MY KITCHEN Outreach Cookbook…and a sneak-peek recipe!


It’s amazing what you can accomplish when you give up sleep!


The MY KITCHEN Cookbook & Class Syllabus is now published and available for purchase. 100% of sales goes to the outreach program, and for every book you purchase, we can provide two, for free, to our students.

The cook book includes the lessons and recipes that we teach in our six-class course, as well as some great dishes that the kids created themselves!

Huge THANK YOU to Amy J Roloff for the amazing Foreword, and to all of our heroes at Sparks of Hope, My Father’s House, A Community Shelter, Inc., Impact NW, and The Father’s Heart Street Ministry, and North Creek – The Coffee Church for giving us the opportunity to do what we love!

You can order your copies at our secure website, here!

Thanks and please share!

-Chef Perry

PS – Makes great Christmas presents! :)

Sneak-Peek Recipe…

egg_salad_appetizerPepperoni Egg Salad Appetizer

How to read and write a recipe is a major focus of our MY KITCHEN Outreach Program, Each class, we encourage our students to take the basic recipe we give them and, using ingredients from our “pantry table” create their own unique version of that dish.

This was one of my personal favorites, that one of the girls in class created, and one we used for the class final, where we prepare and serve a five-course dinner for parents and case-managers.

This is an amazing appetizer!

2 hard-boiled eggs, chopped (see our recipe: “How to cook Perfect Boiled Eggs!”)
2 ½ tsp. yellow mustard
2 ½ Tbsp. Mayonnaise
pinch each: salt & pepper
2 ½ tsp. sweet pickle relish
2 oz. pepperoni, chopped
1 Tbsp. fresh parsley, chopped
Black olive slices
Combine eggs, mustard, mayo, salt & pepper, relish, and pepperoni, and mix until smooth.

Refrigerate, covered, at least two hours (overnight is best).

Spoon 1 Tbsp. of egg mixture onto each cracker, top with 2 olive slices, and sprinkle with fresh chopped parsley.

Serve immediately.

MY KITCHEN Outreach ProgramBy the way, if you’re enjoying this recipe, please subscribe to our free newsletter! We’ll send seven amazing dinner recipes and a shopping list to your inbox each Friday. Plus, you’ll be helping us teach nutrition, shopping, and hands-on cooking classes to at-risk kids.



Brussels Sprouts with Bacon & Shallots


What a great class this week! We took the youth to the local Fred Meyer (They’ve been amazingly generous with our program, so we like to reciprocate whenever possible!) and cruised the aisles talking about how to shop, fresh vs. not fresh, checking labels, how to stretch your budget and still eat real food, etc.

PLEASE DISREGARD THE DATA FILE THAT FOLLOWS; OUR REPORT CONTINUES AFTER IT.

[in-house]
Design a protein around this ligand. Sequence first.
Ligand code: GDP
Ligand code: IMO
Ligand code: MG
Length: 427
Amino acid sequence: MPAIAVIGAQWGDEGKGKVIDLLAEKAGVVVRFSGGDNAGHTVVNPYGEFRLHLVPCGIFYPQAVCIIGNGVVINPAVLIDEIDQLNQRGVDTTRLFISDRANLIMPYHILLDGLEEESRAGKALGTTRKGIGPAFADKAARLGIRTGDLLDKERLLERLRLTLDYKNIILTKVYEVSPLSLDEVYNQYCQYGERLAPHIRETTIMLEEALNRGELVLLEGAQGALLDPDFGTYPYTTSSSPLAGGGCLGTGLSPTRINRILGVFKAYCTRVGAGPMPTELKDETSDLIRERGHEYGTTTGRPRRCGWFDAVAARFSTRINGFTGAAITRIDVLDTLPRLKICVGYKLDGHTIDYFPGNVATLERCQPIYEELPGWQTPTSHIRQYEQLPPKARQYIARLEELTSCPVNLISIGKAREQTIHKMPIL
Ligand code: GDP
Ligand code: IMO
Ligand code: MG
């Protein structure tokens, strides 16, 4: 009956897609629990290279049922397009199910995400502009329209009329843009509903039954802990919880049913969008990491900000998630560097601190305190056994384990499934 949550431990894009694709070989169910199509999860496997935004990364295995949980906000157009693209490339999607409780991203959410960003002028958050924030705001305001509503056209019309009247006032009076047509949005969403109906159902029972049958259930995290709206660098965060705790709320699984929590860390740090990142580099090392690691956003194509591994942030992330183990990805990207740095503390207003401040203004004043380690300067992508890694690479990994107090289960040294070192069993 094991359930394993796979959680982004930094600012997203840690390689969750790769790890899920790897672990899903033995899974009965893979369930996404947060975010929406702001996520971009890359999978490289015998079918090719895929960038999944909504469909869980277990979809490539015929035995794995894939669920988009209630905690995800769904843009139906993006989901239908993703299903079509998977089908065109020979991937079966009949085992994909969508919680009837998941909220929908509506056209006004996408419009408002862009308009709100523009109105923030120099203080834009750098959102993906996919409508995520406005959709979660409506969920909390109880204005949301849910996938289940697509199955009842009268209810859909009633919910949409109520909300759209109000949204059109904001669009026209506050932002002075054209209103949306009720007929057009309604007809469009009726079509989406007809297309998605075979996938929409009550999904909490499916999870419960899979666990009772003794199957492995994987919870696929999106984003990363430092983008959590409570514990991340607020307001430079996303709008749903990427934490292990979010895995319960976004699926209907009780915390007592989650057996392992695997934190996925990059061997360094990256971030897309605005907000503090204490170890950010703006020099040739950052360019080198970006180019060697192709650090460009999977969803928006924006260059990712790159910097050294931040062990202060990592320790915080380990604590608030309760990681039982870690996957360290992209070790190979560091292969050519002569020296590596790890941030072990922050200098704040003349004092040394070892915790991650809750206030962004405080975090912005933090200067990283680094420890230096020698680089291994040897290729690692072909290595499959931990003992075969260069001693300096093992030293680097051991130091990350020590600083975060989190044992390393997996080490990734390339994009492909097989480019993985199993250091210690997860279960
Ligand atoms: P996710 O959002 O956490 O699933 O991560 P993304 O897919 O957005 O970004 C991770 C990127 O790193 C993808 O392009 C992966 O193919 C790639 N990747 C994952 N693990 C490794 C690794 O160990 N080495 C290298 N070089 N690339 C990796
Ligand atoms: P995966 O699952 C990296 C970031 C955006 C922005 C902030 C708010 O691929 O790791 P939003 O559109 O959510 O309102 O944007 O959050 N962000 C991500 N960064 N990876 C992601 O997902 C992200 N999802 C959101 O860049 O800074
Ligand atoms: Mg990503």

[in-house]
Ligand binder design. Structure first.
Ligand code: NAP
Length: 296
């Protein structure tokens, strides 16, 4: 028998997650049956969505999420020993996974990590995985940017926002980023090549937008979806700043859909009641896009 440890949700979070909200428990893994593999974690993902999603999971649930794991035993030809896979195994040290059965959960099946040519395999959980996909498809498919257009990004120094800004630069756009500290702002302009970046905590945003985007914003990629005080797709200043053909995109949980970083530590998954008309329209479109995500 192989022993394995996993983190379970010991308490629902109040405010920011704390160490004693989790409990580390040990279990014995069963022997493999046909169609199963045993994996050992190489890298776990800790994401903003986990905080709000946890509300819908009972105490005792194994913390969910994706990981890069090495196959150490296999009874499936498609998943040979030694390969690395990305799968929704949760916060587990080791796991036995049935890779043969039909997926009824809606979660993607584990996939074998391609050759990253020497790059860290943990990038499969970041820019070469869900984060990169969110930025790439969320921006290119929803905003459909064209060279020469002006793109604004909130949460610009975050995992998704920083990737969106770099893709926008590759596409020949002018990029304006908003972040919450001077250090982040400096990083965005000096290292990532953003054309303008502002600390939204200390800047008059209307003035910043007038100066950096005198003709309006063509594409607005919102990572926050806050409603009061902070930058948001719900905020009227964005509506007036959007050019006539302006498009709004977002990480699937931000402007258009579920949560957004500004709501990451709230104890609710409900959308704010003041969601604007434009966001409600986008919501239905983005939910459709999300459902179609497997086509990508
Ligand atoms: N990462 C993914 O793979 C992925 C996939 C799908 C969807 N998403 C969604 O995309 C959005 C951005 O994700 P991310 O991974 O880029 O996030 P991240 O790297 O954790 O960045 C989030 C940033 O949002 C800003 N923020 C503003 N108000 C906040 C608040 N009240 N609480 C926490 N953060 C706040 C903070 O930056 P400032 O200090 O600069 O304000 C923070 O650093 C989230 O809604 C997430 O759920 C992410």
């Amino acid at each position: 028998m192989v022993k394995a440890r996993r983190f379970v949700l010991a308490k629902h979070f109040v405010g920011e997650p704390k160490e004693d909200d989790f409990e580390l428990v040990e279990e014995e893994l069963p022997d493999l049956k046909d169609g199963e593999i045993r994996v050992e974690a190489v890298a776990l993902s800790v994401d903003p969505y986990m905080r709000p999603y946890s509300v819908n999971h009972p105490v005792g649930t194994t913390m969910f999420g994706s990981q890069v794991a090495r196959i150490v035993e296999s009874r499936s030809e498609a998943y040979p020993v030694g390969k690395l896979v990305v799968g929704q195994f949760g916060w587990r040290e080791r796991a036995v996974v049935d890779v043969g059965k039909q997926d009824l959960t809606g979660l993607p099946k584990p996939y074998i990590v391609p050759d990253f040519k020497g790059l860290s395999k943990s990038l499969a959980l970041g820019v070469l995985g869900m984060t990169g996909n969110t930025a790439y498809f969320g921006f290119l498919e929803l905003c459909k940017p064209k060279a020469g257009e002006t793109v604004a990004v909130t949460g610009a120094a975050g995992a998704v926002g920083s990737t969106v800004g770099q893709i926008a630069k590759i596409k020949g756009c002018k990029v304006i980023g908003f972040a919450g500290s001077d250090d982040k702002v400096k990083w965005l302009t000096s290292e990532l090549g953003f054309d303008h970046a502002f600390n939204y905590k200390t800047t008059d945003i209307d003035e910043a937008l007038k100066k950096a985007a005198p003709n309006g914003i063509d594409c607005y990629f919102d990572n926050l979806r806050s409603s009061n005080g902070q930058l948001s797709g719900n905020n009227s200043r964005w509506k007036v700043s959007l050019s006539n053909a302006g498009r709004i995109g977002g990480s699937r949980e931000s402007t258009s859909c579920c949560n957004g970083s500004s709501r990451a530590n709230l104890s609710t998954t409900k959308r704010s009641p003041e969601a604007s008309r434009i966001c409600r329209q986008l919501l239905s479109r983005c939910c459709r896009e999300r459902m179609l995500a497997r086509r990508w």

Then, to REALLY get them out of the box, we gathered up all of the ingredients for braised Brussels sprouts with Bacon (recipe below), and then went back to the kitchen to learn how to cook these always popular (ha ha) little cabbages!aPost - Copy

THEY LOVED ‘EM! (Even Mark, our fearless leader from Impact NW who was…dubious, to say the least! LOL)

Next class is the appreciation dinner, where the kids will prep, cook, and serve a 5-course gourmet dinner for the Impact NW staff, their own foster parents, and other VIPs!

Thank you!

Chef Perry

Brussels Sprouts with Bacon & Shallots1½ lbs. Brussels sprouts
½ lb smoked bacon
1/4 cup shallots, diced
1 cup chicken stock
2 Tbsp butter
Kosher salt to tasteTrim the stems off the Brussels sprouts, then slice a small “X” in the stem end, about 1/2 inch deep.Dice the bacon and add to a cold sauté pan along with the diced shallots.
Heat slowly over medium-low heat, stirring frequently, until the fat starts to render and the meat turns golden brown and crispy but not burnt.Add the Brussels sprouts and sauté over medium-high heat for a few minutes, or until they’re slightly browned.
This caramelization will add a lot of flavor to the recipe.Add the stock, bring to a boil, then lower to a simmer and cook until the liquid is reduced by about half (5 to 10 minutes), stirring occasionally.
Stir in the butter, season with Kosher salt and serve right away!

MY KITCHEN Outreach ProgramBy the way, if you’re enjoying this recipe, please subscribe to our free newsletter! We’ll send seven amazing dinner recipes and a shopping list to your inbox each Friday. Plus, you’ll be helping us teach nutrition, shopping, and hands-on cooking classes to at-risk kids.



All about Omelets